In Albany, 2015 may turn out to be the “Year of he Rain Tax.” At least it looks to me as though the city staff is preparing the council to accept the need for more money to deal with runoff during storms.
“Rain tax” is my shorthand for some kind of funding mechanism that would pay for an expanded program of managing the runoff when it rains, especially when it rains a lot all at once. By funding mechanism, I mean a fee. The city staff foreshadowed this last year when it got the council to approve, on a split vote, new standards and permits for storm water facilities on developments of an acre or more, along with requisite fees.
Now, starting with a work session Monday, the public works department is asking he council to subject itself to nearly monthly briefings on the ins and outs of storm water management, which is becoming more elaborate and complicated, will be helpful to prevent minor flooding, is required by the customary “state and federal regulations,” and will, of course, cost something extra. And when the briefings at last reach their conclusion near the end of 2015, the staff says it will have some recommendations on how to raise the money.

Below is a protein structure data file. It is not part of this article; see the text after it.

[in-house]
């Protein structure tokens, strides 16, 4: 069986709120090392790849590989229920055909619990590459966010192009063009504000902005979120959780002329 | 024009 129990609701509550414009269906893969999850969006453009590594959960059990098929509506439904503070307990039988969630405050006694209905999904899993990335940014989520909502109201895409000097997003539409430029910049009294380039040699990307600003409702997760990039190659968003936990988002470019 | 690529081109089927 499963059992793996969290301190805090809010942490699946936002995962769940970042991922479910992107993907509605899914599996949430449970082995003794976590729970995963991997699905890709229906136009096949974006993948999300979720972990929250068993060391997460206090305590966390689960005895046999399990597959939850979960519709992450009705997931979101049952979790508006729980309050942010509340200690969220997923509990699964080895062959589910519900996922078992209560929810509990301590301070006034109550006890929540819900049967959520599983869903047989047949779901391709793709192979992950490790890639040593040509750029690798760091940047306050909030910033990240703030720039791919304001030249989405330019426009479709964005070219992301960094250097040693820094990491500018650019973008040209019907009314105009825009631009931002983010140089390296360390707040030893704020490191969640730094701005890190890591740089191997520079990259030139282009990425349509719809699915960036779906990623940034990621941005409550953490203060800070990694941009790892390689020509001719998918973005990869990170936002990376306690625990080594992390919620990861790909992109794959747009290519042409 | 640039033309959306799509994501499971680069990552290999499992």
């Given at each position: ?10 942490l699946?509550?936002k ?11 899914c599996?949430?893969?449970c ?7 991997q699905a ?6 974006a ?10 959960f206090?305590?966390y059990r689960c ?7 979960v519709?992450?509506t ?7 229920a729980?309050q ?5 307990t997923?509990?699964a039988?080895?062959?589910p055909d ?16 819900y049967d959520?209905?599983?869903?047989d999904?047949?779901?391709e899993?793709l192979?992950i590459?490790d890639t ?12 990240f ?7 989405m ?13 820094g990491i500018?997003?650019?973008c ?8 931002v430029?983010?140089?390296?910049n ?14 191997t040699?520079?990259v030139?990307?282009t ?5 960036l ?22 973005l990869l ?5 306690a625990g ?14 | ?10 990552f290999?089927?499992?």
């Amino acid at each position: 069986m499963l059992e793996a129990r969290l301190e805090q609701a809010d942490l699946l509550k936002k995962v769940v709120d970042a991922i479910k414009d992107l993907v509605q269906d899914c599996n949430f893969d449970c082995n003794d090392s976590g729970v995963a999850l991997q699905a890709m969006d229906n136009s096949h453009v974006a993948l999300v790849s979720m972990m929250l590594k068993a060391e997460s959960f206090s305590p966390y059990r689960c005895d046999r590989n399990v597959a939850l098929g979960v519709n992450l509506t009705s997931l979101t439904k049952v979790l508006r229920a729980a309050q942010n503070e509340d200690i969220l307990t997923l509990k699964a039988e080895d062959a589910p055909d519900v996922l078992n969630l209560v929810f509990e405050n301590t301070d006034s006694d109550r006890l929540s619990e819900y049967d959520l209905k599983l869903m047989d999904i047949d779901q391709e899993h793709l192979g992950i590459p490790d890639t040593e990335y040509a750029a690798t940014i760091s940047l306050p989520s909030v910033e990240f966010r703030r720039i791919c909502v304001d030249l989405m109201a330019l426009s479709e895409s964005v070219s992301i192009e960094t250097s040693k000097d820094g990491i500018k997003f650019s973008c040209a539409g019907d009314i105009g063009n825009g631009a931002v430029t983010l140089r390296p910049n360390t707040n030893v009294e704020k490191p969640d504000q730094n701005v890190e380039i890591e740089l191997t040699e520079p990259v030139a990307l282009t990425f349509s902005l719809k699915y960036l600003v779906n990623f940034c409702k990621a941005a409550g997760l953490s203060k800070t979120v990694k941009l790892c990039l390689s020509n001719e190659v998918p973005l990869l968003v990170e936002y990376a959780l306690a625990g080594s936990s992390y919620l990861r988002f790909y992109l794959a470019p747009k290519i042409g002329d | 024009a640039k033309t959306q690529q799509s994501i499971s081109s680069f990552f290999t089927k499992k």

The council is likely to go along with this. After all, while some might see it as indoctrination, who can reasonably object to being fully informed? Members might want to ask some questions, though. What exactly are those state and federal rules we hear so much about? Chapter and verse, please. Where does it say in the Constitution that the federal government has any business worrying about what happens to rainwater in an Oregon town? And if the regulations are ignored, will the government arrest anybody or send troops?
Further, what exactly is lacking in the way the city handles runoff now? No one can truthfully claim that the Willamette River suffers great harm from Albany rainwater when, during big storms, it runs broad and muddy all the way from Eugene to Portland.
Questions like that notwithstanding, the council in all likelihood will go with the flow and pass the added costs along to residents and property owners. How? Maybe a monthly “storm utility fee” on every property in town. To me, “rain tax” has a better ring. (hh)